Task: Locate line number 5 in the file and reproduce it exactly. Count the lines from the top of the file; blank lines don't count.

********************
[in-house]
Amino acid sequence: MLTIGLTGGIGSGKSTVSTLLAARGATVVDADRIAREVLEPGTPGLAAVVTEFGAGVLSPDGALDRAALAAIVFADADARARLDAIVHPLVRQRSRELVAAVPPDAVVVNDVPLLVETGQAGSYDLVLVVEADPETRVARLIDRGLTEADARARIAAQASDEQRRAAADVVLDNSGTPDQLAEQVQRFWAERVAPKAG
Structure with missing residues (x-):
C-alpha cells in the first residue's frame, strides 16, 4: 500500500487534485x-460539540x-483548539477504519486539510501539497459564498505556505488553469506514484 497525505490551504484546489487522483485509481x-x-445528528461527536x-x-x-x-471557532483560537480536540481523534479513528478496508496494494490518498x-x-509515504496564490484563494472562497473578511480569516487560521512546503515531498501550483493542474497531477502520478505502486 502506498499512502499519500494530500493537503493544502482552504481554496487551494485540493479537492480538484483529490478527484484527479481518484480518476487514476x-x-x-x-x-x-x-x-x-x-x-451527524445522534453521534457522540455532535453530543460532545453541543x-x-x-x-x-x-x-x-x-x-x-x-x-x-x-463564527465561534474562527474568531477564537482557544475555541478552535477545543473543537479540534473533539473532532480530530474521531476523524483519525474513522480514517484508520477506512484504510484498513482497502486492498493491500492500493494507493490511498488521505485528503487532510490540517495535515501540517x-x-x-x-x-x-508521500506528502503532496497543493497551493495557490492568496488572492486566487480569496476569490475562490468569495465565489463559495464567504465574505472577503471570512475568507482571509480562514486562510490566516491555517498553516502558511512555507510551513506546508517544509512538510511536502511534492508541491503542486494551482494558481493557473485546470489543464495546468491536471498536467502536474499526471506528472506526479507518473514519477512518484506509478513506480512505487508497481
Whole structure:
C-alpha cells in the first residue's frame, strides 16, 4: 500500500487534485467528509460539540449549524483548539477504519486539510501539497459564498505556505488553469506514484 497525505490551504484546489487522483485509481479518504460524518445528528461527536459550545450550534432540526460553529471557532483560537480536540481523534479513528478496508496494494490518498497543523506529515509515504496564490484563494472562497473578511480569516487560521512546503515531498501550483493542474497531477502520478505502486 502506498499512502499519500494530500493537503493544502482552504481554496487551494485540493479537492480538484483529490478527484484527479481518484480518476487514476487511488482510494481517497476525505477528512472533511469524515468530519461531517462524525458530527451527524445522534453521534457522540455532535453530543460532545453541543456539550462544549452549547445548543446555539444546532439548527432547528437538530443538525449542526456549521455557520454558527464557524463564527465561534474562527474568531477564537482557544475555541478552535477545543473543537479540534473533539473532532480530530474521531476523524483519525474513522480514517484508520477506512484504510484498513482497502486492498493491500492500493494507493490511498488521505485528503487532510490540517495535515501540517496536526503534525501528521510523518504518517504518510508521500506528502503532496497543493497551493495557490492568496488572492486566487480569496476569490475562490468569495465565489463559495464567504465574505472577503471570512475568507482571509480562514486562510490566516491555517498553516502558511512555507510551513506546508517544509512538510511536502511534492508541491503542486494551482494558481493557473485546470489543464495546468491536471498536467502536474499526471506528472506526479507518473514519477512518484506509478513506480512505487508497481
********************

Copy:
Whole structure: